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Musicology referencing guide: Introduction

A guide to referencing for students and staff studying musicology in the UWA School of Music

The Musicology referencing style

The basics

The Musicology Referencing style is a short-title system. It has two components:

  • Footnote citation
  • Reference list.

Footnote citation

  • A superscript number is inserted in your text at the point where you refer to (cite) your source of information.
  • State the author's name or initial before the surname (e.g. John Smith).
  • For books, cite a page reference as p. 3 (for a single page), or pp. 3-6 for more than one page.
  • For journal articles, do not include the p., e.g. Early Music, 27/2 (1999): 100. For multiple pages, use the following method: Early Music, 27/2 (1999): 100-101. Only include the specific page referred to in the footnote citation.
  • Ibid. is used to indicate that the (immediately preceding) previous reference has been used again. If the same page is involved, just write Ibid. (with fullstop). If the source is the same but a different page number is now being cited, write Ibid., p. 6 (or if it is a journal article, Ibid., 6.).
  • Both direct and indirect quotations (paraphrasing) must be acknowledged. Lack of acknowledgement is plagiarism.
  • Direct quotations should be enclosed with single quotation marks; if the citation is more than around 35 words, indent the quote, without quotation marks, and put it in 10 point font.
Footnote example:

Glanville-Hicks was by no means the first to make this connection. The

British Scholar Winnington-Ingram had come to a similar conclusion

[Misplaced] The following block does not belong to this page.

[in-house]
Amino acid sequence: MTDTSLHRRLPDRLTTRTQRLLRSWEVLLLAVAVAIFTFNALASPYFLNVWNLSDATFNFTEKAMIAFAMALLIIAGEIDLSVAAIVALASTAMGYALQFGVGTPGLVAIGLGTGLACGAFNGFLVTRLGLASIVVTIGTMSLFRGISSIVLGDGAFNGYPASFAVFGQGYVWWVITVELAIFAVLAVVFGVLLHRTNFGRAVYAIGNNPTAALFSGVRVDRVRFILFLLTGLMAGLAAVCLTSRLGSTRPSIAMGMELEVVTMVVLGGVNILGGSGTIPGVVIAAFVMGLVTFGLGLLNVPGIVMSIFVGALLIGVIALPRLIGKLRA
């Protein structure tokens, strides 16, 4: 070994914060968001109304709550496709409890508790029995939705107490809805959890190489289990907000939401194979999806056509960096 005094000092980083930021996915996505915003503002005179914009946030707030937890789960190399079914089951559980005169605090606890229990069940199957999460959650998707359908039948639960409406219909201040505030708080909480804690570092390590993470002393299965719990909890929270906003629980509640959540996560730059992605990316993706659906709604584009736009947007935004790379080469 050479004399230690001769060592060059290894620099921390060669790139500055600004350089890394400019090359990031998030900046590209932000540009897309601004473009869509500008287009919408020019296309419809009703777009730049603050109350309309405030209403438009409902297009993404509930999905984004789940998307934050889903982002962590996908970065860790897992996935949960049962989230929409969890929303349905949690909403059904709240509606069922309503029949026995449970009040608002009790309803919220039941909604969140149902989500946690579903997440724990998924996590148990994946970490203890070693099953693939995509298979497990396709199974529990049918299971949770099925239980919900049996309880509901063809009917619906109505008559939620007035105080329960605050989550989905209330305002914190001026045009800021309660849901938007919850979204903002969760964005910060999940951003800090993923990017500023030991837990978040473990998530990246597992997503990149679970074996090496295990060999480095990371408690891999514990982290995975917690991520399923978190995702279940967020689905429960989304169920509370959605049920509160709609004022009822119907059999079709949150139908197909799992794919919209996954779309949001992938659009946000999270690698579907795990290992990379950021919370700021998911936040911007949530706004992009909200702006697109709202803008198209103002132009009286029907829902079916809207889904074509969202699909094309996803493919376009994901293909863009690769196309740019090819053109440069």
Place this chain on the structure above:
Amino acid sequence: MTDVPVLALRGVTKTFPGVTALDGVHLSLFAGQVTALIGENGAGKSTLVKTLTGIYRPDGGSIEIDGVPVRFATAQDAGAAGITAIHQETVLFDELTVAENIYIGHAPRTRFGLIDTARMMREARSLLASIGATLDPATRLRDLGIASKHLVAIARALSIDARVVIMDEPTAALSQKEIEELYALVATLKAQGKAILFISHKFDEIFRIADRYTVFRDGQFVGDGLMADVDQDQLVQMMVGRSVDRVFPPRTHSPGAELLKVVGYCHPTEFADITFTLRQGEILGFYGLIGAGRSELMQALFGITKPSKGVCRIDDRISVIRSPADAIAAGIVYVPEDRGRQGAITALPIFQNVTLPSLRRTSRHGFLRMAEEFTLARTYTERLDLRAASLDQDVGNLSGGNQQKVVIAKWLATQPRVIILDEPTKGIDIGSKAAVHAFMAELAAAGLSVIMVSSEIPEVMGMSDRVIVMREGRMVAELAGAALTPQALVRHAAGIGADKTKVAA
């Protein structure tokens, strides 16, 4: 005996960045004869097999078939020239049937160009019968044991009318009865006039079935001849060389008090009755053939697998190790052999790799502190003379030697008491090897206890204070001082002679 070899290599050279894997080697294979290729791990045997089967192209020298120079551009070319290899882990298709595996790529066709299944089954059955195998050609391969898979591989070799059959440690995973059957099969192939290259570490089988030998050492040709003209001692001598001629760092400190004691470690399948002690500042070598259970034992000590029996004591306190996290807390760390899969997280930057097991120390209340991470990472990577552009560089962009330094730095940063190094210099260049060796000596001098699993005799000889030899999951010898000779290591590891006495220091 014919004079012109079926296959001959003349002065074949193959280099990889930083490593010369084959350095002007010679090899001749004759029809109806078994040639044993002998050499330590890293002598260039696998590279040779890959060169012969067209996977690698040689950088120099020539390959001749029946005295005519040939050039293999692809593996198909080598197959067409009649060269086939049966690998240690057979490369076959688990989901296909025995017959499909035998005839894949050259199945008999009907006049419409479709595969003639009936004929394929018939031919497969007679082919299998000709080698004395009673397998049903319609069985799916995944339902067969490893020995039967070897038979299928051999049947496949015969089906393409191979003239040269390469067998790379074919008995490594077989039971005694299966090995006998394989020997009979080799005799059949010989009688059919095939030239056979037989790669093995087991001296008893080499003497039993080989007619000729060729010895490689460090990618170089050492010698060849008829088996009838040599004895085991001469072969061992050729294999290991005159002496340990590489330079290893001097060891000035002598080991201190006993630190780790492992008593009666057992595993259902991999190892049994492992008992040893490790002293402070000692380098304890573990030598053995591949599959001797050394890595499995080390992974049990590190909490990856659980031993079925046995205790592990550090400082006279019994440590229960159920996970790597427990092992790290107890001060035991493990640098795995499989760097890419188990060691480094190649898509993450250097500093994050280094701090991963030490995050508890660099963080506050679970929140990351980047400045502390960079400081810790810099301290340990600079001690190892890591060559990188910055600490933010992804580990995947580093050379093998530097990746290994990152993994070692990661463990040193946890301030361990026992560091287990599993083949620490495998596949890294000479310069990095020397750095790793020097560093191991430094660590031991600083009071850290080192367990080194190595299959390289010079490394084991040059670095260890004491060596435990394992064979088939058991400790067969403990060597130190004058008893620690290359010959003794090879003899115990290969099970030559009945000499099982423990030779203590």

more than 20 years earlier, observing that 'in all probability [ancient]

Greek music was closely related to that of the contemporary Orient ...'.1


1R.P. Winnington-Ingram, Mode in Ancient Greek Music (London: Cambridge University Press, 1936), p. vii.


Reference list

  • The full details for each citation or reference is then listed at the end of your essay or assignment
  • References are listed in alphabetical order
  • State the author's surname first, followed by the first name or initial (e.g. Smith, John)
  • When citing a journal article, include the full page numbers for the article, e.g. 165-217.
  • The format of the reference (i.e. how it is displayed) depends on the type of reference you are citing; below is an example of a journal article reference
  • See Reference formats tab for a full list of reference examples
Reference list entry example journal article:
Glanville-Hicks, P.,'Paul Bowles, American Composer',  Music and Letters, 26/2 (1945): 88-96.


  1. Authors, author initials
  2. Article title
  3. Journal title
  4. Volume
  5. Issue number
  6. Year of publication
  7. Page numbers

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